University that allowed lecturer convicted of beating up student to carry on teaching 'shows total disregard for women's safety'

An NUS spokesperson said Sussex University must 'seriously reconsider the decision to allow a convicted criminal to continue on in his post'

Rachael Pells
Friday 12 August 2016 17:34
The University of Sussex
The University of Sussex

Student welfare campaigners have called for the University of Sussex to be held to account after it was revealed that a senior lecturer found guilty of assault was allowed to continue teaching.

Dr Lee Salter remains employed by the institution and has been able to continue in his post for ten months after he assaulted his girlfriend and former student, 24-year-old Allison Smith.

He was convicted of assault by beating and causing criminal damage to belongings at Brighton Magistrates Court in July this year.

Speaking to The Independent, Ms Smith described the “extreme physical and emotional trauma” she experienced during her relationship with the senior lecturer.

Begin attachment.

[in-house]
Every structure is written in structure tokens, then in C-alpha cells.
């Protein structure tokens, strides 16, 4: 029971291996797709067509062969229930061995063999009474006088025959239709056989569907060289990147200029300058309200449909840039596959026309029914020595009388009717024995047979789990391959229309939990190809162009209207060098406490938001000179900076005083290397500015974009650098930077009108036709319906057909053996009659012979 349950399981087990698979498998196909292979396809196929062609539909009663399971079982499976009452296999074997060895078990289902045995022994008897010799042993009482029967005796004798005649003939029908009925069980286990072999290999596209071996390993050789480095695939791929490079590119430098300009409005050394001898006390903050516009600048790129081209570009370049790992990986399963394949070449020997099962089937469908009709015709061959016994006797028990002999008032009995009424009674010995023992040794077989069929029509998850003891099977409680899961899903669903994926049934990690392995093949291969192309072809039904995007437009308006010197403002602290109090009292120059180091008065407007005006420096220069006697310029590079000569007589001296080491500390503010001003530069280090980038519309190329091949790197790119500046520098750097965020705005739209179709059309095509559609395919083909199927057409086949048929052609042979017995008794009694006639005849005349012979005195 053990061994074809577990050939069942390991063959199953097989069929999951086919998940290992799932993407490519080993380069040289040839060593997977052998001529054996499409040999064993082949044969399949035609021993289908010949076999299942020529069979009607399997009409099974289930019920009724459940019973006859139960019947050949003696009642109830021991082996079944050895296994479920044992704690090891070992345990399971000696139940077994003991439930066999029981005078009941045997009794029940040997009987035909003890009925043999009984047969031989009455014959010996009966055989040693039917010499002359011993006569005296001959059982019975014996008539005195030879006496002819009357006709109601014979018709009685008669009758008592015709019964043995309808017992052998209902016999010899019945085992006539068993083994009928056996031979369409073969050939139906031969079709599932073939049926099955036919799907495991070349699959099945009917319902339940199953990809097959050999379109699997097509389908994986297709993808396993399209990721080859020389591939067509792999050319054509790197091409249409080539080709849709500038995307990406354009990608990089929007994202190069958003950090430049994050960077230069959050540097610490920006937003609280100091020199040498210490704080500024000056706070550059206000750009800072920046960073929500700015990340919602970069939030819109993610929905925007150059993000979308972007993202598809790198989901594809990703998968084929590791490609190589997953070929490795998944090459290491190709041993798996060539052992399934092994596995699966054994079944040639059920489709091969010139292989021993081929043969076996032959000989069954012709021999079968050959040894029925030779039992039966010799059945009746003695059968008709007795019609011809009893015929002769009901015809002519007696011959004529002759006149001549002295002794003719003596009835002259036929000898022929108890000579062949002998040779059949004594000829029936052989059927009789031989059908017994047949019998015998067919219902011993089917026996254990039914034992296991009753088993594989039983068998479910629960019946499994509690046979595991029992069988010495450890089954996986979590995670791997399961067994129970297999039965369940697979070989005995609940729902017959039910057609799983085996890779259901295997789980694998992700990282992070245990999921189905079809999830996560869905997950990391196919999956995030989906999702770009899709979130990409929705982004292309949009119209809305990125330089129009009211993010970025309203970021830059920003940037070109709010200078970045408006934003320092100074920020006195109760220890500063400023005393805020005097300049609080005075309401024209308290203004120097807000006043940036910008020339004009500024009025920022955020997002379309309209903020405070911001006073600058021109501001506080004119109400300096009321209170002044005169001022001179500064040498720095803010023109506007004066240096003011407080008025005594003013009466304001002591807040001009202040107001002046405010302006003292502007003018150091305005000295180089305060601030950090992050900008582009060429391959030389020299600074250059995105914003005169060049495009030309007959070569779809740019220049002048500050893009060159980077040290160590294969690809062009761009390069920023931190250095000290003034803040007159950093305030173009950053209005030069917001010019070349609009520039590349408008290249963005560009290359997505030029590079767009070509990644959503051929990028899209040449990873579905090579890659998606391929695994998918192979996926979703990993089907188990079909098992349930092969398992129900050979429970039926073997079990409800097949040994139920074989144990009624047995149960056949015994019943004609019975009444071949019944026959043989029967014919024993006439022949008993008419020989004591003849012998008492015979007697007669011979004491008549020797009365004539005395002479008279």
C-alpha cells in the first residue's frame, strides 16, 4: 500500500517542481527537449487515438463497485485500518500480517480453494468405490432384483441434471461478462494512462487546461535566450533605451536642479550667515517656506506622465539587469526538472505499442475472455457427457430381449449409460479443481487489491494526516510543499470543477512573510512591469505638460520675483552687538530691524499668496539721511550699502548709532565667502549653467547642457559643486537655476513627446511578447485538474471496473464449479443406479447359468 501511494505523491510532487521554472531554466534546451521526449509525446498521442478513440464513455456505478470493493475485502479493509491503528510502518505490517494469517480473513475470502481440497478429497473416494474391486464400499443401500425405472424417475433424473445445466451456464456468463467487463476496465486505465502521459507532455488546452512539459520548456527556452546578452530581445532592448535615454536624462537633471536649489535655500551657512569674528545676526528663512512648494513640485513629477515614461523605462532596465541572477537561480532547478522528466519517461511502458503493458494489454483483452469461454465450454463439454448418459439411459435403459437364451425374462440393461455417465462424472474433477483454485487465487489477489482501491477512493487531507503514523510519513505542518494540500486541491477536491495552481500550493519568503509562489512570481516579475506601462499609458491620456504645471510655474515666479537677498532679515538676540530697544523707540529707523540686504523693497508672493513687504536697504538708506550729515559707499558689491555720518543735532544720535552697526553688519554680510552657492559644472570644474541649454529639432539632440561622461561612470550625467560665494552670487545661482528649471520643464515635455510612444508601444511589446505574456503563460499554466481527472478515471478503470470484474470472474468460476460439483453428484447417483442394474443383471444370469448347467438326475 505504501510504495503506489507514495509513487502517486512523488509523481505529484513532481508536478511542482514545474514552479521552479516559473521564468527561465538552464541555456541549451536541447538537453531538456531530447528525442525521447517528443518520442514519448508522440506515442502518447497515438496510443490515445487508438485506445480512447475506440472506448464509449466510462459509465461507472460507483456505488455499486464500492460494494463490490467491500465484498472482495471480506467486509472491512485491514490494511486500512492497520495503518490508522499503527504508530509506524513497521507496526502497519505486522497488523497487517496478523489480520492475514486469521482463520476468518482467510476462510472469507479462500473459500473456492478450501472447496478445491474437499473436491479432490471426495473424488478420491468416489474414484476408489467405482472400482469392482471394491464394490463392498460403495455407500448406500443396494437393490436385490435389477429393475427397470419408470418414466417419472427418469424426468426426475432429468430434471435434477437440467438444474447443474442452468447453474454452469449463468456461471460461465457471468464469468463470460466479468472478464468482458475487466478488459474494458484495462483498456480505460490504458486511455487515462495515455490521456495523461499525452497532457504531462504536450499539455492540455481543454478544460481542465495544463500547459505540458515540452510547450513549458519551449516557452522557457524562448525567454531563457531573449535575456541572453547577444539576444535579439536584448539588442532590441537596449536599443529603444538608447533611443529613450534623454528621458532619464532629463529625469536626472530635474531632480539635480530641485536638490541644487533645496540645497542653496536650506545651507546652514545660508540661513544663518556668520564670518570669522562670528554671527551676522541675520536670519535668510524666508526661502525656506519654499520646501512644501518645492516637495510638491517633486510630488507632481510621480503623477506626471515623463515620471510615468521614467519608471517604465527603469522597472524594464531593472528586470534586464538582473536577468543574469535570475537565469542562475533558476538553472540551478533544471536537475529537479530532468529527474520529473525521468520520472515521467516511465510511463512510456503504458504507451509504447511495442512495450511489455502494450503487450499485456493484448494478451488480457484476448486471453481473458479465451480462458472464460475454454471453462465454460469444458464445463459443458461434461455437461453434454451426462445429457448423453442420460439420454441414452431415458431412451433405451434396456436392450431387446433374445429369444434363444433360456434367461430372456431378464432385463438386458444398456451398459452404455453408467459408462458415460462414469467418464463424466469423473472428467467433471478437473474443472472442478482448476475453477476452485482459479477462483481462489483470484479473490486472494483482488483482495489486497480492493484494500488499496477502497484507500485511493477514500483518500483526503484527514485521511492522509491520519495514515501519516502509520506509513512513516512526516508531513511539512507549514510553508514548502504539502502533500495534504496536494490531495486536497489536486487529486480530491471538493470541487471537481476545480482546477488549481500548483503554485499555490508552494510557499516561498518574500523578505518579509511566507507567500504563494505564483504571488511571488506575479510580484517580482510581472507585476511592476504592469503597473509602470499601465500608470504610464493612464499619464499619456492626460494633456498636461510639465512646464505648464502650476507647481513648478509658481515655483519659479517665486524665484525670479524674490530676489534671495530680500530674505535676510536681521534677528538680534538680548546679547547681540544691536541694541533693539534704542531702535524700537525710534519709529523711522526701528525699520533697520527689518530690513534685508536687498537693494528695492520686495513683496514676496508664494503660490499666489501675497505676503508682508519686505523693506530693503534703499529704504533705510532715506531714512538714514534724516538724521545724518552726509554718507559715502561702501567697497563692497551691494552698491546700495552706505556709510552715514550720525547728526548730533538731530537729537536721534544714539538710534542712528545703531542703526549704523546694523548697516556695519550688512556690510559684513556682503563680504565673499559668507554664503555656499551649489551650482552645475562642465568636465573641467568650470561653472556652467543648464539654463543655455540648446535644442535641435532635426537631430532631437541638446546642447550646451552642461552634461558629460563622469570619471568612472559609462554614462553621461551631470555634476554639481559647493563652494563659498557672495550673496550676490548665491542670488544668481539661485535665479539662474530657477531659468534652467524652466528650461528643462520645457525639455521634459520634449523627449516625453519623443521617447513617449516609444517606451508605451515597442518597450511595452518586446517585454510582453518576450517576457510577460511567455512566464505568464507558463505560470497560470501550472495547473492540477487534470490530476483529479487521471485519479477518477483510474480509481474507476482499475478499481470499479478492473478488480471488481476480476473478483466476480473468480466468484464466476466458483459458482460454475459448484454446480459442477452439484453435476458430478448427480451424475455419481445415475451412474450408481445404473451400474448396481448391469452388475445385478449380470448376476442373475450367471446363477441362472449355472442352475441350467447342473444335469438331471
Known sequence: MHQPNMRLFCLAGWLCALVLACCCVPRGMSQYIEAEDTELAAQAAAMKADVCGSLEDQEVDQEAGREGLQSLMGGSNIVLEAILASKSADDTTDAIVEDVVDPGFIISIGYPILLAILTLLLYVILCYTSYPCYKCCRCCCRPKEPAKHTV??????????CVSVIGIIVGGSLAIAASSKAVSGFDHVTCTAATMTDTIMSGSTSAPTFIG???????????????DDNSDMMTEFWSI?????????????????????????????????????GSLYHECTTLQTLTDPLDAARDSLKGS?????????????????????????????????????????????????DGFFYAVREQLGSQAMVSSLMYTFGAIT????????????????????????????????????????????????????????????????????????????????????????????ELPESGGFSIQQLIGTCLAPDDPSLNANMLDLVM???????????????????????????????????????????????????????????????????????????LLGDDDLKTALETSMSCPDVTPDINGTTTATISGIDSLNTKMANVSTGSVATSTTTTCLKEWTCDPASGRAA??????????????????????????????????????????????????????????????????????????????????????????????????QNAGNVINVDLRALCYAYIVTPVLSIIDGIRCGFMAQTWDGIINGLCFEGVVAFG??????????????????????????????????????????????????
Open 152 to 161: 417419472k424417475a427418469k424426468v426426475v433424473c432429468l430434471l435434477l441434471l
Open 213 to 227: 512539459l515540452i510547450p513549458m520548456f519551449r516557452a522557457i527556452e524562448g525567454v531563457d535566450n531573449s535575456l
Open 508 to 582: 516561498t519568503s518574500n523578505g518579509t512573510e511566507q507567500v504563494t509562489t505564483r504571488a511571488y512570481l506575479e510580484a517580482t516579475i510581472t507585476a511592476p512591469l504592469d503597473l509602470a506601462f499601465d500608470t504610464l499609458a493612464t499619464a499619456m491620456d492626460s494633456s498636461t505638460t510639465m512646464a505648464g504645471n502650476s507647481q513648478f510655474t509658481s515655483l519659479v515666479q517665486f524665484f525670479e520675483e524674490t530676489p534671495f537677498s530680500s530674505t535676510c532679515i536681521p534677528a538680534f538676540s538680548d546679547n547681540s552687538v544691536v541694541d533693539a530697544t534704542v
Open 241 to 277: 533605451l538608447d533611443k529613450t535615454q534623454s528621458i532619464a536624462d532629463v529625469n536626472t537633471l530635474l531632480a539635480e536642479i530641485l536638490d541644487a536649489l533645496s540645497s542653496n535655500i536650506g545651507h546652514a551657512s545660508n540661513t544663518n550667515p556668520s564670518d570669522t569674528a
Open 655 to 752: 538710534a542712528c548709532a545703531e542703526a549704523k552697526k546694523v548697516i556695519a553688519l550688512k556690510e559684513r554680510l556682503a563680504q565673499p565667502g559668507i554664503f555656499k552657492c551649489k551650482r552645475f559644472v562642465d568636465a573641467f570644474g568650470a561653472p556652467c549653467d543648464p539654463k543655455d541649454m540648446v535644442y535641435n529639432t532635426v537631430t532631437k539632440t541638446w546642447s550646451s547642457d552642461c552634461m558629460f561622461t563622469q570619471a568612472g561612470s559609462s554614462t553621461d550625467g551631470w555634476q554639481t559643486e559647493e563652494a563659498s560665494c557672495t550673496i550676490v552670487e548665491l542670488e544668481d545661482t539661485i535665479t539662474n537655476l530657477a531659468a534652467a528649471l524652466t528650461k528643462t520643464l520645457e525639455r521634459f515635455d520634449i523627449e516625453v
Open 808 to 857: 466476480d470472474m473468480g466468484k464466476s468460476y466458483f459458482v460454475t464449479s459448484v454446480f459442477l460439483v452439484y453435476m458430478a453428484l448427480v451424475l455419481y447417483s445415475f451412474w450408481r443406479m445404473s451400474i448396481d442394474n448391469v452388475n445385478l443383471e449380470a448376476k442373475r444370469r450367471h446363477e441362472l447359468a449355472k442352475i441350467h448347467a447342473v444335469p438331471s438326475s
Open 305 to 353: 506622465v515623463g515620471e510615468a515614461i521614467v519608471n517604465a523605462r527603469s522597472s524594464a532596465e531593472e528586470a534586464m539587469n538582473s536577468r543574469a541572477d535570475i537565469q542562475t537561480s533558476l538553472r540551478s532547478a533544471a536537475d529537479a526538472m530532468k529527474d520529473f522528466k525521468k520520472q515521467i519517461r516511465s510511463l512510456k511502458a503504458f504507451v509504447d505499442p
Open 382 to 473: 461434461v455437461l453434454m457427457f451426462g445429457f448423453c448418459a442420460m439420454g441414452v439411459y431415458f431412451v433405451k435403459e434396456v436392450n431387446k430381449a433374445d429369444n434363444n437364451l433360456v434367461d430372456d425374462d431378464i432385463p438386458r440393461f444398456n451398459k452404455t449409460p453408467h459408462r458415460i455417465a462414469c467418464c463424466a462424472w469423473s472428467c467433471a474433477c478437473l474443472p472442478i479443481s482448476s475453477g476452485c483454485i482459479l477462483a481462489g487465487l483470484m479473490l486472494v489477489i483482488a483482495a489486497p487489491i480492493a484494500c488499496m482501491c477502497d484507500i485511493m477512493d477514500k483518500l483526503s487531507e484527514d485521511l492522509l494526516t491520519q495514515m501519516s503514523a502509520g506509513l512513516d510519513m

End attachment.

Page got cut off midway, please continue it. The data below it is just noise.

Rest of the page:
She sought guidance from student support officers following the attack, but said she received no response from the university itself.

Responding to the events exposed by The Independent, The National Union of Students made demands for the university to apologise for what it called “a total disregard for women’s safety” and called for a full review of its welfare policies.

Domestic abuse charity Refuge pointed to claims Ms Smith was not offered the degree of support listed as available in the university’s own policy statement.

Anti-women laws that still exist in 2016

Chief executive Sandra Horley said: “It is one thing for a university to have a policy in place for students whose safety is at risk, it is another thing to implement it and develop a safety management plan.”

Regulations laid out on the university’s own website state that: “staff and students are subject to disciplinary procedures that, amongst other things, proscribe violent behaviour”.